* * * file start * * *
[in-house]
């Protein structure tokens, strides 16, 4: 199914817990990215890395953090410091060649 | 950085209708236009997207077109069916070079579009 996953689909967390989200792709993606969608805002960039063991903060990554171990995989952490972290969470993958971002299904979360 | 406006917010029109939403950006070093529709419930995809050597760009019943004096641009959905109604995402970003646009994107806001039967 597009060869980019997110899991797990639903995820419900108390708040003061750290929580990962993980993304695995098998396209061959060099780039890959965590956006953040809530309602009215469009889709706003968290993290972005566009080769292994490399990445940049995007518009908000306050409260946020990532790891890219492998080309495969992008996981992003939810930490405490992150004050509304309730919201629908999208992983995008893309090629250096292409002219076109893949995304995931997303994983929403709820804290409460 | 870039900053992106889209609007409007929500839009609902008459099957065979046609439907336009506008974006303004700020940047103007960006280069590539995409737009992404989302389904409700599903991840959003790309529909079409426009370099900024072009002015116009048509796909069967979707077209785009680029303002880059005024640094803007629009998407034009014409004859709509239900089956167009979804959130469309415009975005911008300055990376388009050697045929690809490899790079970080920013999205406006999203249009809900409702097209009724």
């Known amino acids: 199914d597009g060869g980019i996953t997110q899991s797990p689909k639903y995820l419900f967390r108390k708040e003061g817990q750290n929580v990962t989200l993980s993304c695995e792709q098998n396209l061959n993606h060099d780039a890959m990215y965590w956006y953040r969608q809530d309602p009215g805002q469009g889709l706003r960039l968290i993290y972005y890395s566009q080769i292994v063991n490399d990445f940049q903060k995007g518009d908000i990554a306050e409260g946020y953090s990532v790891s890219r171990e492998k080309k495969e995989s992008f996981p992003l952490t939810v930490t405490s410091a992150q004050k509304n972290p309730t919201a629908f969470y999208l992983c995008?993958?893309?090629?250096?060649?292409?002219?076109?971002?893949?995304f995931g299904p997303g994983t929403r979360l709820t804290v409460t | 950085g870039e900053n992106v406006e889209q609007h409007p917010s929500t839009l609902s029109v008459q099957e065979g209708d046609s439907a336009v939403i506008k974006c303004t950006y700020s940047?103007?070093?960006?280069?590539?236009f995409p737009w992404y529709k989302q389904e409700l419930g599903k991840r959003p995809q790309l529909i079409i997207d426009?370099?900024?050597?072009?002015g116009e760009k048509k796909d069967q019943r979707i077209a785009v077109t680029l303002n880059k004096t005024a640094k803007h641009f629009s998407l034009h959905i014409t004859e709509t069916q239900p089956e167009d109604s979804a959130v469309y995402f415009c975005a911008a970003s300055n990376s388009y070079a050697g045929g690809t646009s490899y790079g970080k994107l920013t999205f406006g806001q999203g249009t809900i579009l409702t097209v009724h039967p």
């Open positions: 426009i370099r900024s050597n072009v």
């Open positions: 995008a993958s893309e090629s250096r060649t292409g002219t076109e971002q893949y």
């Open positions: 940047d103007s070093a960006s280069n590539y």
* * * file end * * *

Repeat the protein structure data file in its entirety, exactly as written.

[in-house]
């Protein structure tokens, strides 16, 4: 199914817990990215890395953090410091060649 | 950085209708236009997207077109069916070079579009 996953689909967390989200792709993606969608805002960039063991903060990554171990995989952490972290969470993958971002299904979360 | 406006917010029109939403950006070093529709419930995809050597760009019943004096641009959905109604995402970003646009994107806001039967 597009060869980019997110899991797990639903995820419900108390708040003061750290929580990962993980993304695995098998396209061959060099780039890959965590956006953040809530309602009215469009889709706003968290993290972005566009080769292994490399990445940049995007518009908000306050409260946020990532790891890219492998080309495969992008996981992003939810930490405490992150004050509304309730919201629908999208992983995008893309090629250096292409002219076109893949995304995931997303994983929403709820804290409460 | 870039900053992106889209609007409007929500839009609902008459099957065979046609439907336009506008974006303004700020940047103007960006280069590539995409737009992404989302389904409700599903991840959003790309529909079409426009370099900024072009002015116009048509796909069967979707077209785009680029303002880059005024640094803007629009998407034009014409004859709509239900089956167009979804959130469309415009975005911008300055990376388009050697045929690809490899790079970080920013999205406006999203249009809900409702097209009724």
């Known amino acids: 199914d597009g060869g980019i996953t997110q899991s797990p689909k639903y995820l419900f967390r108390k708040e003061g817990q750290n929580v990962t989200l993980s993304c695995e792709q098998n396209l061959n993606h060099d780039a890959m990215y965590w956006y953040r969608q809530d309602p009215g805002q469009g889709l706003r960039l968290i993290y972005y890395s566009q080769i292994v063991n490399d990445f940049q903060k995007g518009d908000i990554a306050e409260g946020y953090s990532v790891s890219r171990e492998k080309k495969e995989s992008f996981p992003l952490t939810v930490t405490s410091a992150q004050k509304n972290p309730t919201a629908f969470y999208l992983c995008?993958?893309?090629?250096?060649?292409?002219?076109?971002?893949?995304f995931g299904p997303g994983t929403r979360l709820t804290v409460t | 950085g870039e900053n992106v406006e889209q609007h409007p917010s929500t839009l609902s029109v008459q099957e065979g209708d046609s439907a336009v939403i506008k974006c303004t950006y700020s940047?103007?070093?960006?280069?590539?236009f995409p737009w992404y529709k989302q389904e409700l419930g599903k991840r959003p995809q790309l529909i079409i997207d426009?370099?900024?050597?072009?002015g116009e760009k048509k796909d069967q019943r979707i077209a785009v077109t680029l303002n880059k004096t005024a640094k803007h641009f629009s998407l034009h959905i014409t004859e709509t069916q239900p089956e167009d109604s979804a959130v469309y995402f415009c975005a911008a970003s300055n990376s388009y070079a050697g045929g690809t646009s490899y790079g970080k994107l920013t999205f406006g806001q999203g249009t809900i579009l409702t097209v009724h039967p």
């Open positions: 426009i370099r900024s050597n072009v």
């Open positions: 995008a993958s893309e090629s250096r060649t292409g002219t076109e971002q893949y």
């Open positions: 940047d103007s070093a960006s280069n590539y």